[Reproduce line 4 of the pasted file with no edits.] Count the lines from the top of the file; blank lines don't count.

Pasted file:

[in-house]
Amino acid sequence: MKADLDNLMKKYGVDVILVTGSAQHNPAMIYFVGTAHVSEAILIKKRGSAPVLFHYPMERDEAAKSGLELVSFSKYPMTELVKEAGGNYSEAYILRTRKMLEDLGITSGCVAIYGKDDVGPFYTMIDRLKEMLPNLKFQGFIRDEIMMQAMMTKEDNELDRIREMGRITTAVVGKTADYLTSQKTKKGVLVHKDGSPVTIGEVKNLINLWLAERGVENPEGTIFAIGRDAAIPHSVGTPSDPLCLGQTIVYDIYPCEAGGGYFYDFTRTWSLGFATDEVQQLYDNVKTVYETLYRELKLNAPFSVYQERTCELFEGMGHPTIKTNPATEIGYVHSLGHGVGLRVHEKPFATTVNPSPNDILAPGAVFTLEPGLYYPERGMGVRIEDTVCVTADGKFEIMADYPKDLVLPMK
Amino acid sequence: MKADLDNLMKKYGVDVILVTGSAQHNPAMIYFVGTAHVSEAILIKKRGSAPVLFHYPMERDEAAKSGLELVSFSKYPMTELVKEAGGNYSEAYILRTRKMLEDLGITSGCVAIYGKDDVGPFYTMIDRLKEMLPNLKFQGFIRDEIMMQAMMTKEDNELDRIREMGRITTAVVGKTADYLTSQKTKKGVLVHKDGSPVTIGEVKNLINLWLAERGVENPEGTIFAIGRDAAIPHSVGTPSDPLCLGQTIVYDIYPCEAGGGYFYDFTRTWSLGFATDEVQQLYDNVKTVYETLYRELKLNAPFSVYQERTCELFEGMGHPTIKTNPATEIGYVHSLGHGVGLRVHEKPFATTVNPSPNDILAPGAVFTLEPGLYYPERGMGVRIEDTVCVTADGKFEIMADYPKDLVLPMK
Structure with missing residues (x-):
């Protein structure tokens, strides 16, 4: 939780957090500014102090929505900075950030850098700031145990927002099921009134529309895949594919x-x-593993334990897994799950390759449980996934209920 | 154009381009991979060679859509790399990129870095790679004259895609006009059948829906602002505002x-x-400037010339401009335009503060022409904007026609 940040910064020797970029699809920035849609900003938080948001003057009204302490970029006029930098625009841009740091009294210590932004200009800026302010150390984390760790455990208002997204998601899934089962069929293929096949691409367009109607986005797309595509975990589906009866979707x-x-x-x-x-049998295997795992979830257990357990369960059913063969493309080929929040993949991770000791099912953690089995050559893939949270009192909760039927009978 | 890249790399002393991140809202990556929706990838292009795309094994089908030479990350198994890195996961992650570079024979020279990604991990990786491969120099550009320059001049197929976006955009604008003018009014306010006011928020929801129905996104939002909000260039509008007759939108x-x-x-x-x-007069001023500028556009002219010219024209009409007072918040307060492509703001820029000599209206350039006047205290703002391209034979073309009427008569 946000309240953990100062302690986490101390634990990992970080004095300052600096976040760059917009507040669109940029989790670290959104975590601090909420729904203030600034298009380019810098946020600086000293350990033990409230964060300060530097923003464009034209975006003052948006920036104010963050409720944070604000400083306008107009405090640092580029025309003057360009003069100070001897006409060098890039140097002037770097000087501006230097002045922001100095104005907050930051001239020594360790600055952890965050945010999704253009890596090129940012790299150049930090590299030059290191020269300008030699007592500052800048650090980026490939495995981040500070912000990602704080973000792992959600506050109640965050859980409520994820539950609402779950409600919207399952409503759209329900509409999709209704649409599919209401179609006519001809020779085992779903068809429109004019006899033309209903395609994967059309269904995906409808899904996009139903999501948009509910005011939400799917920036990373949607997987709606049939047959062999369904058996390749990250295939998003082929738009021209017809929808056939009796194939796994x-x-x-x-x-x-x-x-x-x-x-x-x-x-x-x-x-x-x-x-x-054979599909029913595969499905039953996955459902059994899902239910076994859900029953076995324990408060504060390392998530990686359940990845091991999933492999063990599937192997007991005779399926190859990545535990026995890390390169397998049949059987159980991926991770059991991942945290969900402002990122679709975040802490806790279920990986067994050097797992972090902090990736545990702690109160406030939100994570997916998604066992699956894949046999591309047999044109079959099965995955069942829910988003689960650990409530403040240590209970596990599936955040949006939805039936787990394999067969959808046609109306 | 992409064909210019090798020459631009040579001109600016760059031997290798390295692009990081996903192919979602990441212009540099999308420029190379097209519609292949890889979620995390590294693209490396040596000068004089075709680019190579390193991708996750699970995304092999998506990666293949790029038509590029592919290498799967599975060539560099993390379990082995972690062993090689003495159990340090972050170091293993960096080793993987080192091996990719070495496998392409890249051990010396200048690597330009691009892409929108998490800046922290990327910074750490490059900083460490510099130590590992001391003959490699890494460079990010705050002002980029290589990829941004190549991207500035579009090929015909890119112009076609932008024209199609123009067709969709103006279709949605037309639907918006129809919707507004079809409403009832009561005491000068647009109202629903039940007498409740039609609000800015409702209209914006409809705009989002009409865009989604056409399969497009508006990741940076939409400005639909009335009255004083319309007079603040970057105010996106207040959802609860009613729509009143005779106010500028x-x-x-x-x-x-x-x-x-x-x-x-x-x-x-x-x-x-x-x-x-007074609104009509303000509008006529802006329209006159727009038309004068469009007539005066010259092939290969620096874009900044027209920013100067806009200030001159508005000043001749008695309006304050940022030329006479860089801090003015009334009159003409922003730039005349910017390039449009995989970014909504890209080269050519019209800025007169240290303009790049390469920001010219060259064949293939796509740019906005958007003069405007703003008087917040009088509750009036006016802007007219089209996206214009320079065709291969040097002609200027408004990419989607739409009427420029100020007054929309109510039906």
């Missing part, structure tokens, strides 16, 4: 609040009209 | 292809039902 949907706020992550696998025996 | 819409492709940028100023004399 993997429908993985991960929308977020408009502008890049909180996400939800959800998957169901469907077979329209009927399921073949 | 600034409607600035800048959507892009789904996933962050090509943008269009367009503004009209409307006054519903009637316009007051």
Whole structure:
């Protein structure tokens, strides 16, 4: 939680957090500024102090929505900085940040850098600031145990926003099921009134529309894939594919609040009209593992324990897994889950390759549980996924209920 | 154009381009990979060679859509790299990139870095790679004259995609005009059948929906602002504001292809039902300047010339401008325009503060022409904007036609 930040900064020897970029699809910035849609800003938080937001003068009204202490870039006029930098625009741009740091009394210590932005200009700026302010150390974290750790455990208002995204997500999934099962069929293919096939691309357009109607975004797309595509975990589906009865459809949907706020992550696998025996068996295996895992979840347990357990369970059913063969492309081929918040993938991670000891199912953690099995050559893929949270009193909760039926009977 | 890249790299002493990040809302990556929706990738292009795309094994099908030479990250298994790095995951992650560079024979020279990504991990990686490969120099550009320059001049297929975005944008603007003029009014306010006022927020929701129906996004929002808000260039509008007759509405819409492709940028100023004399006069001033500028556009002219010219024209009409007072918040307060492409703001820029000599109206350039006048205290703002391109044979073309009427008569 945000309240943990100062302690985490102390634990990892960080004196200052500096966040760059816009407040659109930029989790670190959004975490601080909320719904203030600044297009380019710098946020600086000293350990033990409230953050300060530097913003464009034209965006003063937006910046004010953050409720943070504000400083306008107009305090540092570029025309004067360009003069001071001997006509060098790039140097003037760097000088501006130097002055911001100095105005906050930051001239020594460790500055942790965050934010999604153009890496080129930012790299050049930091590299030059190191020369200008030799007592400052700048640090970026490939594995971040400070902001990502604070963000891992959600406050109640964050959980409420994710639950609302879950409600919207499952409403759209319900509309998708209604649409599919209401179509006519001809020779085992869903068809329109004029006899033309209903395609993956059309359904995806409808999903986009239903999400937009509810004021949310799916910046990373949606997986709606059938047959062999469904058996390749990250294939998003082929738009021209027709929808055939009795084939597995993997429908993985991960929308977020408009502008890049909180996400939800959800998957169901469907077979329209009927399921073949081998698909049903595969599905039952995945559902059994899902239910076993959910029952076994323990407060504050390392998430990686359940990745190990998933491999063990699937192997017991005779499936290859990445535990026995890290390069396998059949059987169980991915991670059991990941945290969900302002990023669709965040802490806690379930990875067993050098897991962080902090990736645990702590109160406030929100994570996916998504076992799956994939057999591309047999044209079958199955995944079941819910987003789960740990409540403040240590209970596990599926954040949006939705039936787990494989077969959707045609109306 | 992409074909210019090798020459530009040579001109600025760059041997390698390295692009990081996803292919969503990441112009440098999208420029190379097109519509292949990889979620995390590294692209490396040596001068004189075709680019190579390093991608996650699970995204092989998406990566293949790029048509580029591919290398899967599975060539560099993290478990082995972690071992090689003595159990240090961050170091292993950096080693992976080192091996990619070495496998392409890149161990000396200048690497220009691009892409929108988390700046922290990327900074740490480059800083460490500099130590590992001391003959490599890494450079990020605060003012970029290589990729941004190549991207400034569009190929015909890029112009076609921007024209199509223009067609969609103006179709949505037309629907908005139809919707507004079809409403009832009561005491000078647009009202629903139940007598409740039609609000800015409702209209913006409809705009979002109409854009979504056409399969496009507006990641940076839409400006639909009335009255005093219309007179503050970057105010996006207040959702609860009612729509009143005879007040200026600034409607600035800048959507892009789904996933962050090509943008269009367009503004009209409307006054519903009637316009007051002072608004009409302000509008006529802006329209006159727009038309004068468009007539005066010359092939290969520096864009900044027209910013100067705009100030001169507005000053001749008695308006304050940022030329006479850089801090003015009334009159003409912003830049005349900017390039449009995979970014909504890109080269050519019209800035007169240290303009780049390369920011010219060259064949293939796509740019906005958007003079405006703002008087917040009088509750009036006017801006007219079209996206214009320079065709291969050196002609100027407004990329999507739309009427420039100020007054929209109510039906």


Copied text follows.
Structure with missing residues (x-):